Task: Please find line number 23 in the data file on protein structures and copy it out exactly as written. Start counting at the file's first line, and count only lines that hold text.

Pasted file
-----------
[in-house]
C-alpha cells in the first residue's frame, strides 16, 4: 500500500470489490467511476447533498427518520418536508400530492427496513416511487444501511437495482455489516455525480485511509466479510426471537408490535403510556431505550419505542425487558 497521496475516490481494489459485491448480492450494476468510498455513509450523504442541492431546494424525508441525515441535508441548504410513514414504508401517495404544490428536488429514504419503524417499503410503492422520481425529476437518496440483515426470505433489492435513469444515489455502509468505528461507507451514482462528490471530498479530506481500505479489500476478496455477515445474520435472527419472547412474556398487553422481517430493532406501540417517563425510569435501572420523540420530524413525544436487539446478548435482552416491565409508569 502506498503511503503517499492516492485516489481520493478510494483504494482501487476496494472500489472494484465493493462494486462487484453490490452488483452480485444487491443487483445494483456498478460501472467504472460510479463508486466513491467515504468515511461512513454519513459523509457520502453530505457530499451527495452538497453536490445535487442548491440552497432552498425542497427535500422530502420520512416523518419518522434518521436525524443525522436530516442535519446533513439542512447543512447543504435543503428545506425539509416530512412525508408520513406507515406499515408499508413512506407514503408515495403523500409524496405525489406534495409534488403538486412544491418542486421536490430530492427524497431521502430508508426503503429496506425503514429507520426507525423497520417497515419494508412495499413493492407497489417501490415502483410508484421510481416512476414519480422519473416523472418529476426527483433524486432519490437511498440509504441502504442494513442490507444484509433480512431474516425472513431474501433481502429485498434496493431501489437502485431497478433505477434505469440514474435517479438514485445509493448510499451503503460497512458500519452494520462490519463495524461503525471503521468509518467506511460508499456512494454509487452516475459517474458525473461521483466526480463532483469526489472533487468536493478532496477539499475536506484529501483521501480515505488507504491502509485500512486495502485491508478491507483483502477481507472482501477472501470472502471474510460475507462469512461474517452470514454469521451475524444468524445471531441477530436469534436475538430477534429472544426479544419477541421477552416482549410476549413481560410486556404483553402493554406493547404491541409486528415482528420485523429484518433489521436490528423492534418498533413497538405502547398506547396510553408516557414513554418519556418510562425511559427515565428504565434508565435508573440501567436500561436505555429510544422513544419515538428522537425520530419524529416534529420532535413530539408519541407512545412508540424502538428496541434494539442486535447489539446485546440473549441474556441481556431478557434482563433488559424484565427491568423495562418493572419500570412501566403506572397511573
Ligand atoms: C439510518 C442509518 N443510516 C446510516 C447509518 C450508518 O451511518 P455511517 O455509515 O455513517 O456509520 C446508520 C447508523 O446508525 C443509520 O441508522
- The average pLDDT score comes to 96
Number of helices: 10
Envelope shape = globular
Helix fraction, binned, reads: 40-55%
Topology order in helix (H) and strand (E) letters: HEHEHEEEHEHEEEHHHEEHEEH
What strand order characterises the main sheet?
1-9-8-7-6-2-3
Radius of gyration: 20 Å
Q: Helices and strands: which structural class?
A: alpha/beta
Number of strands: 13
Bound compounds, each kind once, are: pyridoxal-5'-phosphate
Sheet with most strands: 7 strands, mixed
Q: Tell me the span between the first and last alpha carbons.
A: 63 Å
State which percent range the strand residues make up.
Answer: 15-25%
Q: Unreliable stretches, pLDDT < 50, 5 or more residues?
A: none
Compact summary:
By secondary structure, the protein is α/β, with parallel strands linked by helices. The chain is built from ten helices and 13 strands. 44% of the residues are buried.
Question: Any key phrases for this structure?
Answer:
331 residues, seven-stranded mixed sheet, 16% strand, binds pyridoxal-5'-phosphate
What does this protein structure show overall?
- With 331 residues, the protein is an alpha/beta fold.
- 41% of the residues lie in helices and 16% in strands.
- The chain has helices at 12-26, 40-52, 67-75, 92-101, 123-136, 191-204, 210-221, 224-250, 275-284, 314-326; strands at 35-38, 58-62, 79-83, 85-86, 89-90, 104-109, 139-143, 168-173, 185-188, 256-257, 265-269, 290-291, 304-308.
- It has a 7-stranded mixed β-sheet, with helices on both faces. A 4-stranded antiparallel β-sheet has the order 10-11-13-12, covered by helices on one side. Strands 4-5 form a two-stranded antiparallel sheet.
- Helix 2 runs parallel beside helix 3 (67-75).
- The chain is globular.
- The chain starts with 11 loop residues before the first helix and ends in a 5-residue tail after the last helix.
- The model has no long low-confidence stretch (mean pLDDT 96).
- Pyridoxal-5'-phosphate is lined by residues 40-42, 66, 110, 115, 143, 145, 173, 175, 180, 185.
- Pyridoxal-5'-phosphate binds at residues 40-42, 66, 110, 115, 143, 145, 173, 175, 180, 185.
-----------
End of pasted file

Compact summary: